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PLEASE USE THIS SONG wins the interwebs

It’s no secret why many bands let giant corporations use their songs in advertising: musicians are starving artists. There will always be more talented musicians in the world than money to support them.

So musicians have a few choices. They can work a day job and do gigs on weekends, milk their One Hit Wonder for 20 years, try to make a living on tour — or sell their music for commercials, movies, theme parks, whatever pays the bills. Usually, there is no One Hit Wonder, no tour, no sales to record labels or car commercials. The struggle to pay the bills become a struggle for artistic life or death, because if you’ve got no money, you’ve got no free time to do what you love.

Hey, I sympathize. Artistic purity is great until you have to pay the bills. I think it’s almost easier to make a living writing the words, even as newspapers die off as if an asteroid came to kill the dinosaurs, than to do it plucking a guitar.

This video by Jon Lajoie, now, is crazy funny because you can smell the truth in it.

Well done, Jon and bandmates. I hope a corporation with a sense of humor actually buys the rights to use your song to sell something, anything at all, because you have won the Series of Tubes.

Related posts: Music Video Monday’s Greatest Hits

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This is Guy Bergstrom the writer, not the Guy Bergstrom in Stockholm or the guy in Minnesota who sells real estate or whatever. Separate guys. Kthxbai.

Guy Bergstrom. Photo by Suhyoon Cho.

Reformed journalist. Scribbler of speeches and whatnot. Wrote a thriller that won some award (PNWA 2013). Represented by Jill Marr of the Sandra Dijkstra Literary Agency.

Leave a comment

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Worst Music Video of the Year? Maaaybe.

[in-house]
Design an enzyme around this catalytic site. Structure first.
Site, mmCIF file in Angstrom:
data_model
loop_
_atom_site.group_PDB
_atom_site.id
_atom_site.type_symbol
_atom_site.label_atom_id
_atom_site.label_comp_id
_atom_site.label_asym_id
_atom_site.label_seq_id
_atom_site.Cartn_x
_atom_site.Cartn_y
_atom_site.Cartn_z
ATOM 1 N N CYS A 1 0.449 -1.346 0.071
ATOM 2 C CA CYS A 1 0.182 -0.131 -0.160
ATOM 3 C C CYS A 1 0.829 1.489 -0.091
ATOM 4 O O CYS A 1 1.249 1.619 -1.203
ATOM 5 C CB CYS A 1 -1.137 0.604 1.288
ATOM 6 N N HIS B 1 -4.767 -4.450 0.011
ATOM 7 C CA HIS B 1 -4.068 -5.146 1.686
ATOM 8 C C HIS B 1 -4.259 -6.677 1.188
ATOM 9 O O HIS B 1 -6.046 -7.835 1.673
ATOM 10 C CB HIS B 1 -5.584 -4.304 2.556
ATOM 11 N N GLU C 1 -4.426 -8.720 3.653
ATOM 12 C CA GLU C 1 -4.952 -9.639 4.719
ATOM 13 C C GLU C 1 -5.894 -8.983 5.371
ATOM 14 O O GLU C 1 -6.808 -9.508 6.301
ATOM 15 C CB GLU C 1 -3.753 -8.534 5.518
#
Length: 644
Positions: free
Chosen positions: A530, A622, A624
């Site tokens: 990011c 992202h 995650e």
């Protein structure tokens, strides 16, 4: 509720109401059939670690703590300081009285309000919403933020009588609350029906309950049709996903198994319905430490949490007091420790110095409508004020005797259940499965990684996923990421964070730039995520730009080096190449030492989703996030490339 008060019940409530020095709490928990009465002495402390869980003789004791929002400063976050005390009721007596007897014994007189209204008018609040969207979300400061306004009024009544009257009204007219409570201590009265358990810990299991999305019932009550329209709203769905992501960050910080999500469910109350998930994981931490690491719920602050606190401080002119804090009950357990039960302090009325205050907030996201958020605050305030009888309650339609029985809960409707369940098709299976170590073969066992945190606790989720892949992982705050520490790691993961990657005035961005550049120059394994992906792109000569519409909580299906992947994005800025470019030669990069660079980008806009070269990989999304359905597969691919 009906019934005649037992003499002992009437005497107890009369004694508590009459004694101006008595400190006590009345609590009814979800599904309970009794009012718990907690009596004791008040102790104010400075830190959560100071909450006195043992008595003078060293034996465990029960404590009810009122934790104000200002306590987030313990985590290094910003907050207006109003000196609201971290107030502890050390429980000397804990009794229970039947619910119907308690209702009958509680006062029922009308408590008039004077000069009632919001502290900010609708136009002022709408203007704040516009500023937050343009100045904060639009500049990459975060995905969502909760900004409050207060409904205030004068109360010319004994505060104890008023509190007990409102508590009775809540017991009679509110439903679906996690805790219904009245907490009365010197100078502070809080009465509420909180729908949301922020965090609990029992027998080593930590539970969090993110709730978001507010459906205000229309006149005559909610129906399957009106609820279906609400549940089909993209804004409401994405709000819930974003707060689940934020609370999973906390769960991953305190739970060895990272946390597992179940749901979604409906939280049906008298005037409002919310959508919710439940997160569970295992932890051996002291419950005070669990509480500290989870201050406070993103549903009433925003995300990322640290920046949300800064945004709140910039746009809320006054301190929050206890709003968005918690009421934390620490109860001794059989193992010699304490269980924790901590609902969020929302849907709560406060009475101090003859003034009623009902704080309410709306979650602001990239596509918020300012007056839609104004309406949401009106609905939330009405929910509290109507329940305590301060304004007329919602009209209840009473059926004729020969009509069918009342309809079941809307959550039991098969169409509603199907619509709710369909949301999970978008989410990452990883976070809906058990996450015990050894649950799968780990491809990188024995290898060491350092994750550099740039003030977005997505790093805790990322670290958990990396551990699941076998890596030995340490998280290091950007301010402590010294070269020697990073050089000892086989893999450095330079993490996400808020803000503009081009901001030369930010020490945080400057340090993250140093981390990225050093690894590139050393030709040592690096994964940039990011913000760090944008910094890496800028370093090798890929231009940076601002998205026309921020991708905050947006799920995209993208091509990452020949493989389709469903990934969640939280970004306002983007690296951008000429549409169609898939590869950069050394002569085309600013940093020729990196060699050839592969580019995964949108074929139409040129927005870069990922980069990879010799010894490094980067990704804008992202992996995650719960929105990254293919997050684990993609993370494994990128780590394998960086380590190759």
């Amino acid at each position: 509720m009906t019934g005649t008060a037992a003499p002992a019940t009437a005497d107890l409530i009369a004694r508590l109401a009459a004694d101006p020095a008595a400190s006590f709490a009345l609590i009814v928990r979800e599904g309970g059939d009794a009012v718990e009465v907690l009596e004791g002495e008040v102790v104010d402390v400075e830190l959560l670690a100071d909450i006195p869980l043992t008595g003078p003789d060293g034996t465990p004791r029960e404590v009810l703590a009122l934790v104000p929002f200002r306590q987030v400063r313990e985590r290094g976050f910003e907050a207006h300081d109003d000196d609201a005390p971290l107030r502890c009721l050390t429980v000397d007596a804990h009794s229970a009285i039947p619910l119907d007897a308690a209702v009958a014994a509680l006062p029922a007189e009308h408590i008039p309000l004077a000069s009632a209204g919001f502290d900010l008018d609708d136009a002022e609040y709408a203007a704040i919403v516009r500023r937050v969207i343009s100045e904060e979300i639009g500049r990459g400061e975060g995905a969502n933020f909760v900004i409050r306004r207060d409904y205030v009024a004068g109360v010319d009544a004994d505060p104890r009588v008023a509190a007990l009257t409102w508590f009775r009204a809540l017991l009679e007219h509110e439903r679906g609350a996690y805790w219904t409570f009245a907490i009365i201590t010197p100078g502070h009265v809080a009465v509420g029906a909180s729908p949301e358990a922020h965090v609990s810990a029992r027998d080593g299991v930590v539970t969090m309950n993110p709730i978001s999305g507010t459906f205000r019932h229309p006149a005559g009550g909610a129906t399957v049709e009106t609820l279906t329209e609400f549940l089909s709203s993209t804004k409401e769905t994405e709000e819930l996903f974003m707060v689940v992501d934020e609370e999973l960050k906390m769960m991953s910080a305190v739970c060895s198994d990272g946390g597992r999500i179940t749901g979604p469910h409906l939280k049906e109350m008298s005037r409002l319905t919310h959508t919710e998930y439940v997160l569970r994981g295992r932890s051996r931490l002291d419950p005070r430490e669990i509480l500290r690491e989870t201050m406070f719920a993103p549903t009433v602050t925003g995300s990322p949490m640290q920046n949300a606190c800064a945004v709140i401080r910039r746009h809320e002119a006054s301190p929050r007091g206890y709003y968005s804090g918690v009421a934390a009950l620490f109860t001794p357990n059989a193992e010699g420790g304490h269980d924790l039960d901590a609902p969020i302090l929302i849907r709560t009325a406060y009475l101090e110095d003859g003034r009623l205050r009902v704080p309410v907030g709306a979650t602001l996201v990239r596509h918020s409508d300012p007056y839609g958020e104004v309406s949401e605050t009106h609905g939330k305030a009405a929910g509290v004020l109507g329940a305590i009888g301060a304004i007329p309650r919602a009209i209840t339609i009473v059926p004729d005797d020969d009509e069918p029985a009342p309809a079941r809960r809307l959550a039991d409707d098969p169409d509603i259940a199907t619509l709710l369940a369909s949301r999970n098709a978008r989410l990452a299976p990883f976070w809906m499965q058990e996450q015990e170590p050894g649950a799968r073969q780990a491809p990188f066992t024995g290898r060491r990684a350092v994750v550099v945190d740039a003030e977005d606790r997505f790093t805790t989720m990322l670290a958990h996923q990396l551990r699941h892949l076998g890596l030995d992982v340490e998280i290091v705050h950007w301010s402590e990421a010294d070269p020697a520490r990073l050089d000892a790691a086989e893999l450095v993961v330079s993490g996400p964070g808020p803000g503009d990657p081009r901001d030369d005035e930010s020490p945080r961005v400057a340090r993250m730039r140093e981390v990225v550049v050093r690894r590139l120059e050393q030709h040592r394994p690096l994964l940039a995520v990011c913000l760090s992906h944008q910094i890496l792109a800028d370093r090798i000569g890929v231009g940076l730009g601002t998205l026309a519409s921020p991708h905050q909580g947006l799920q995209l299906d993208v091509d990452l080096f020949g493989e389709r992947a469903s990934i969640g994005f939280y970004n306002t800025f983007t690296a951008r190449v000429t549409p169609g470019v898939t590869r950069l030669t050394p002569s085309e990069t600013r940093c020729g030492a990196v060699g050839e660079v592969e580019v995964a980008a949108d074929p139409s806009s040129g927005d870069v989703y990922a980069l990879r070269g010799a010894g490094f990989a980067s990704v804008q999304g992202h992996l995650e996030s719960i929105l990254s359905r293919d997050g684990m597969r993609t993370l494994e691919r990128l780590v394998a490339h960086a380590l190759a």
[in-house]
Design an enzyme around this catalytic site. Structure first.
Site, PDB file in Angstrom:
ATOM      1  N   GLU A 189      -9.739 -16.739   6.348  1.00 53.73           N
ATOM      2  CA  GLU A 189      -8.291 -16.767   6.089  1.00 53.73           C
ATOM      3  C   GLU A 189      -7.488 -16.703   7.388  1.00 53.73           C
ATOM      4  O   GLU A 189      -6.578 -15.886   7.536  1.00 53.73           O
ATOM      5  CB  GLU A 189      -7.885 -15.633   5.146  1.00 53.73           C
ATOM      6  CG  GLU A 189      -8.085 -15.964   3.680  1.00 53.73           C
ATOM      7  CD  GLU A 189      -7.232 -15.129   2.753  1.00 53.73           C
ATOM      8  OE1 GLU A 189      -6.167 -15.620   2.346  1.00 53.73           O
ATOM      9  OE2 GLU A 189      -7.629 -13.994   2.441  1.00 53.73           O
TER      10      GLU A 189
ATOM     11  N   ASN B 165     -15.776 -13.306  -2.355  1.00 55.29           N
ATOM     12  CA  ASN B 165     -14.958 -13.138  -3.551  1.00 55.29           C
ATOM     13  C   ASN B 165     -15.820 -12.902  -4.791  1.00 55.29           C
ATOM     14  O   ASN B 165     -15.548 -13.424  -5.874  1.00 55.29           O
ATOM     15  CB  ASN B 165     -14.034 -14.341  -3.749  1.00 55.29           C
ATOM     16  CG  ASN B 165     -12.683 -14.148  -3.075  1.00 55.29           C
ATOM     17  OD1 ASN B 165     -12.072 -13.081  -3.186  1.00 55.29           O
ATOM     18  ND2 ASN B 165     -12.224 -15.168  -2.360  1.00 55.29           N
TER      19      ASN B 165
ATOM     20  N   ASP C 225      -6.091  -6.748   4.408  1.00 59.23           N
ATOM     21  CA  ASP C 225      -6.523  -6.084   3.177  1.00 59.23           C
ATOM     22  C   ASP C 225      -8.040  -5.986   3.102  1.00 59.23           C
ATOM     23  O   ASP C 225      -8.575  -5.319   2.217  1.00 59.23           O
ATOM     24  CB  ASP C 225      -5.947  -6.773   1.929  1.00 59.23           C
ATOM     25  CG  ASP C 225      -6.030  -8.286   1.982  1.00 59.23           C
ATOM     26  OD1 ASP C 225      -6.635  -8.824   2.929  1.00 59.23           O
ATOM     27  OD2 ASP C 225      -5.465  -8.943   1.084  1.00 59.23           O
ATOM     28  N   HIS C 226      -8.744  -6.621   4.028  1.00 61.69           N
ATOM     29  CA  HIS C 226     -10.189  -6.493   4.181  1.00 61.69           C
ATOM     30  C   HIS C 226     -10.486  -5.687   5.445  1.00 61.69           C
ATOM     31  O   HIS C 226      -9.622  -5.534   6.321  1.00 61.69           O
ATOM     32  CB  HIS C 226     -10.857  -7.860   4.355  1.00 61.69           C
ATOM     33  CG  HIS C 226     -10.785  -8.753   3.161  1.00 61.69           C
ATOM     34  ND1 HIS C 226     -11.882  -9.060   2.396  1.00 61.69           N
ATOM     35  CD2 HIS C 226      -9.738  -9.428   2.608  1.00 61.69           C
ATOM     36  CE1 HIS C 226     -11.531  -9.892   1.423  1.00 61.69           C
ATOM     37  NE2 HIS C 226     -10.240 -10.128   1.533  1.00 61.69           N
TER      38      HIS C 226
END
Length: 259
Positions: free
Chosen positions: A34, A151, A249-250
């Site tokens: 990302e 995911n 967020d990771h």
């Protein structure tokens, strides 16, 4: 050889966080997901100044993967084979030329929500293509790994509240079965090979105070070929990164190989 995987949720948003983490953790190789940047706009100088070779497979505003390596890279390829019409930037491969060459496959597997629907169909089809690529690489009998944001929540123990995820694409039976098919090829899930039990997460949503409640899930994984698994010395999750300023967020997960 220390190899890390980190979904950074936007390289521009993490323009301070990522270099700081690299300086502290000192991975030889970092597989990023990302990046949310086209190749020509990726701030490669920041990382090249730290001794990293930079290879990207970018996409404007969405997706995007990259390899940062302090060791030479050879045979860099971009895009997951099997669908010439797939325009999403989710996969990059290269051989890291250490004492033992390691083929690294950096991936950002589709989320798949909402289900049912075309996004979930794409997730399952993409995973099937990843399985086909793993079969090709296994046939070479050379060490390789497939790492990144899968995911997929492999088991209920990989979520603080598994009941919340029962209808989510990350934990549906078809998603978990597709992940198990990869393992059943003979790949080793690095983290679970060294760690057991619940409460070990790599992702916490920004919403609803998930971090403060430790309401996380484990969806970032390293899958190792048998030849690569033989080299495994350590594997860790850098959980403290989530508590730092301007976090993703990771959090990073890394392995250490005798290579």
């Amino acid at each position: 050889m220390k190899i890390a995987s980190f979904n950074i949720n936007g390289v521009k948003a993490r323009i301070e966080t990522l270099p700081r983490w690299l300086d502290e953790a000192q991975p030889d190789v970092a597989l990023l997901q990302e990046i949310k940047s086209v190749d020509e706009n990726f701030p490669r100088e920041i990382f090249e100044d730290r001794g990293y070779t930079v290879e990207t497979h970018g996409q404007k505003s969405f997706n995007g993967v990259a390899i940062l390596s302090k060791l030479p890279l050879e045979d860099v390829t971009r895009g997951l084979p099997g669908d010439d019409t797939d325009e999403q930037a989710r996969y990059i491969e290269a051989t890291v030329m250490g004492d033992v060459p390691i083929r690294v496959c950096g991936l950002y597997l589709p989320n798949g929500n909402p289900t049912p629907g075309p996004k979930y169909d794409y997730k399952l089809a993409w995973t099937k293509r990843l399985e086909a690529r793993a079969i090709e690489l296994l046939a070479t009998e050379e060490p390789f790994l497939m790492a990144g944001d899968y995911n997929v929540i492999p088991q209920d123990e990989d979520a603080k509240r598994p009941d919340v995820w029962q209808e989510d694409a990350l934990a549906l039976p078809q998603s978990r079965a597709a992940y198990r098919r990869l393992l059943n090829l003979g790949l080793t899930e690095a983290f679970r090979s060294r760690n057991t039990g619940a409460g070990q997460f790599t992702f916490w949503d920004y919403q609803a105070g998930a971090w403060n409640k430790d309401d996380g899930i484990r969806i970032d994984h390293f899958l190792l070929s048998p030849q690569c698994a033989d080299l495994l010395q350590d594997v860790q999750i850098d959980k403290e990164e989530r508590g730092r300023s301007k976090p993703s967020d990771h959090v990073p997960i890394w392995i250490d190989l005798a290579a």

I’ve never really paid much attention to Avril Lavigne, though I recognize SKATER BOI and give her props for the ballad I’M WITH YOU.

Yet this new video — apparently written with her husband, the lead singer of Nickelback, Chad the Kroeger — takes things to a whole different level.

A bad, stinky level where it’s like Miley Cyrus went to Japan, got yet another new hairdo and did a cover of I don’t know what.

Is this the worst music video of the year? I’d say, yes, the worst I’ve seen from a major singer.

Yet the year is still young. If you have a new champion, bring it forth and let us shed the Blinding Light of Bloggity Truth upon it.

Related posts: Music Video Monday’s Greatest Hits

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This is Guy Bergstrom the writer, not the Guy Bergstrom in Stockholm or the guy in Minnesota who sells real estate or whatever. Separate guys. Kthxbai.

Guy Bergstrom. Photo by Suhyoon Cho.

Reformed journalist. Scribbler of speeches and whatnot. Wrote a thriller that won some award (PNWA 2013). Represented by Jill Marr of the Sandra Dijkstra Literary Agency.

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BriWi nails GIN AND JUICE

Jimmy Fallon and Brian Williams are doing covers of famous rap songs, but not in the usual way of, I don’t know, singing over the music, karaoke style.

They do it using only footage from NBC Nightly News.

The first few songs were short and okay. Understandable. A tough job, finding the right clips and getting the timing right.

Then they starting knocking it out of the stadium with RAPPER’S DELIGHT.

Here’s BriWi doing his thing with GIN AND JUICE.

Related posts: Music Video Monday’s Greatest Hits

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This is Guy Bergstrom the writer, not the Guy Bergstrom in Stockholm or the guy in Minnesota who sells real estate or whatever. Separate guys. Kthxbai.

Guy Bergstrom. Photo by Suhyoon Cho.

Reformed journalist. Scribbler of speeches and whatnot. Wrote a thriller that won some award (PNWA 2013). Represented by Jill Marr of the Sandra Dijkstra Literary Agency.

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What YMCA by the Village People can teach us

This is a classic song from the late ’70s, and it’s worth talking about for a few reasons.

First, the People of the Village prove that band members don’t need to dress the same, seeing how every other rock and punk band tries to stand out by putting on matching (a) black leather jackets and black guyliner, (b) spandex with long, permed blond locks, possibly paying homage to Heather Locklear or (c) ironic suits and ties worn with red Converse sneakers.

You don’t need to memorize the band members in the Village People because their outfits give you a handy shorthand. Plus it’s more interesting. Even KISS understands this and varied the crazy costumes and makeup enough so fans could dress as their favorite instead of throwing on a generic leather jacket and some mascara to be “you know, somebody from the Flaming Squirrels, maybe the  drummer.”

Variety is good, even when it comes to the hairstyles of boy bands, which should be banned by the Music Police. Continue reading